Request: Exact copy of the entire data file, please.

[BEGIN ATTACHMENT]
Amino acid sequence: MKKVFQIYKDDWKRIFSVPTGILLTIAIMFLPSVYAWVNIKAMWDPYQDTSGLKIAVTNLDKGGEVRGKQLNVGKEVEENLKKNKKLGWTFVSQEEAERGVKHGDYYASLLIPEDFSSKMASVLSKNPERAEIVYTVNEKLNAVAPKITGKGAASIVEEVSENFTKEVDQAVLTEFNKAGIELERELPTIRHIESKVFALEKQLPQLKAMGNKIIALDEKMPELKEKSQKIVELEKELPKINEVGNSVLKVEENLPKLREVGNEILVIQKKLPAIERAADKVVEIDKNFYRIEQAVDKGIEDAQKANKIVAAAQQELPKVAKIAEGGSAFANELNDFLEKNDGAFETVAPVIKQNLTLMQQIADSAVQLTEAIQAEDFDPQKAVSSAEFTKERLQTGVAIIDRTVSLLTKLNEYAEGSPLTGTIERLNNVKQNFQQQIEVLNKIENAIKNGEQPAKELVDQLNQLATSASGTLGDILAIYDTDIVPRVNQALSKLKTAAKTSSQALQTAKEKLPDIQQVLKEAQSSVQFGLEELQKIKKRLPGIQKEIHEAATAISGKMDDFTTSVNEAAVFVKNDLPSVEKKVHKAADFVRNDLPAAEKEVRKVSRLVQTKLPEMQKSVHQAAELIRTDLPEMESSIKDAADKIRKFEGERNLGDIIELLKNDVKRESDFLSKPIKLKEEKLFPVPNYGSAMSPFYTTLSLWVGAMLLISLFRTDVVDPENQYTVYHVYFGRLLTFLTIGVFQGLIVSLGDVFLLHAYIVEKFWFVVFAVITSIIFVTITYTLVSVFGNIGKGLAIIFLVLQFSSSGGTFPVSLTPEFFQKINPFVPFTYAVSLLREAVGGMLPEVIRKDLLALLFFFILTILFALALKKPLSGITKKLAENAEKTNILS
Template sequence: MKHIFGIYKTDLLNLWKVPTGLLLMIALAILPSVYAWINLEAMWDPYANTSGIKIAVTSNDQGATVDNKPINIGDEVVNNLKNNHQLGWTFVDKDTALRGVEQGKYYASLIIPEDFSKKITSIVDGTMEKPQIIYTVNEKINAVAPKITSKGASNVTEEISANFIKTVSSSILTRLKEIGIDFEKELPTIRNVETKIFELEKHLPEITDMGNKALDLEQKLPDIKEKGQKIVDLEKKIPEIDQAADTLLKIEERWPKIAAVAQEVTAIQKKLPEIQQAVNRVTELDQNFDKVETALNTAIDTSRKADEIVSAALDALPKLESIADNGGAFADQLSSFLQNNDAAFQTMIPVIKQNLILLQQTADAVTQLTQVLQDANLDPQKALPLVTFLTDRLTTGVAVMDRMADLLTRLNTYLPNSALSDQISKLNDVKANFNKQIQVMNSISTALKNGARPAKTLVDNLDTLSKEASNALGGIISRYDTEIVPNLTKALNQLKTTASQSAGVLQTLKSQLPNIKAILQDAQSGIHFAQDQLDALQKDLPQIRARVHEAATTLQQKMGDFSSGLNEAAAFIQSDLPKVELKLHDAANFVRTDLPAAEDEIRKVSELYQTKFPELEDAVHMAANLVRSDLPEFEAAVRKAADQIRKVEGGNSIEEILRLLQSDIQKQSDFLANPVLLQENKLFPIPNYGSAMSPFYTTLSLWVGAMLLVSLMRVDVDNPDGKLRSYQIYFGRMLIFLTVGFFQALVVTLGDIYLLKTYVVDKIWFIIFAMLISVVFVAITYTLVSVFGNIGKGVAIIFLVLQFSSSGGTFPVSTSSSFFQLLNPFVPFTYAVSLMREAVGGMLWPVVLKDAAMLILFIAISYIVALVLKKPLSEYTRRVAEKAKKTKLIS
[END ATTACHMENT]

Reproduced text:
Amino acid sequence: MKKVFQIYKDDWKRIFSVPTGILLTIAIMFLPSVYAWVNIKAMWDPYQDTSGLKIAVTNLDKGGEVRGKQLNVGKEVEENLKKNKKLGWTFVSQEEAERGVKHGDYYASLLIPEDFSSKMASVLSKNPERAEIVYTVNEKLNAVAPKITGKGAASIVEEVSENFTKEVDQAVLTEFNKAGIELERELPTIRHIESKVFALEKQLPQLKAMGNKIIALDEKMPELKEKSQKIVELEKELPKINEVGNSVLKVEENLPKLREVGNEILVIQKKLPAIERAADKVVEIDKNFYRIEQAVDKGIEDAQKANKIVAAAQQELPKVAKIAEGGSAFANELNDFLEKNDGAFETVAPVIKQNLTLMQQIADSAVQLTEAIQAEDFDPQKAVSSAEFTKERLQTGVAIIDRTVSLLTKLNEYAEGSPLTGTIERLNNVKQNFQQQIEVLNKIENAIKNGEQPAKELVDQLNQLATSASGTLGDILAIYDTDIVPRVNQALSKLKTAAKTSSQALQTAKEKLPDIQQVLKEAQSSVQFGLEELQKIKKRLPGIQKEIHEAATAISGKMDDFTTSVNEAAVFVKNDLPSVEKKVHKAADFVRNDLPAAEKEVRKVSRLVQTKLPEMQKSVHQAAELIRTDLPEMESSIKDAADKIRKFEGERNLGDIIELLKNDVKRESDFLSKPIKLKEEKLFPVPNYGSAMSPFYTTLSLWVGAMLLISLFRTDVVDPENQYTVYHVYFGRLLTFLTIGVFQGLIVSLGDVFLLHAYIVEKFWFVVFAVITSIIFVTITYTLVSVFGNIGKGLAIIFLVLQFSSSGGTFPVSLTPEFFQKINPFVPFTYAVSLLREAVGGMLPEVIRKDLLALLFFFILTILFALALKKPLSGITKKLAENAEKTNILS
Template sequence: MKHIFGIYKTDLLNLWKVPTGLLLMIALAILPSVYAWINLEAMWDPYANTSGIKIAVTSNDQGATVDNKPINIGDEVVNNLKNNHQLGWTFVDKDTALRGVEQGKYYASLIIPEDFSKKITSIVDGTMEKPQIIYTVNEKINAVAPKITSKGASNVTEEISANFIKTVSSSILTRLKEIGIDFEKELPTIRNVETKIFELEKHLPEITDMGNKALDLEQKLPDIKEKGQKIVDLEKKIPEIDQAADTLLKIEERWPKIAAVAQEVTAIQKKLPEIQQAVNRVTELDQNFDKVETALNTAIDTSRKADEIVSAALDALPKLESIADNGGAFADQLSSFLQNNDAAFQTMIPVIKQNLILLQQTADAVTQLTQVLQDANLDPQKALPLVTFLTDRLTTGVAVMDRMADLLTRLNTYLPNSALSDQISKLNDVKANFNKQIQVMNSISTALKNGARPAKTLVDNLDTLSKEASNALGGIISRYDTEIVPNLTKALNQLKTTASQSAGVLQTLKSQLPNIKAILQDAQSGIHFAQDQLDALQKDLPQIRARVHEAATTLQQKMGDFSSGLNEAAAFIQSDLPKVELKLHDAANFVRTDLPAAEDEIRKVSELYQTKFPELEDAVHMAANLVRSDLPEFEAAVRKAADQIRKVEGGNSIEEILRLLQSDIQKQSDFLANPVLLQENKLFPIPNYGSAMSPFYTTLSLWVGAMLLVSLMRVDVDNPDGKLRSYQIYFGRMLIFLTVGFFQALVVTLGDIYLLKTYVVDKIWFIIFAMLISVVFVAITYTLVSVFGNIGKGVAIIFLVLQFSSSGGTFPVSTSSSFFQLLNPFVPFTYAVSLMREAVGGMLWPVVLKDAAMLILFIAISYIVALVLKKPLSEYTRRVAEKAKKTKLIS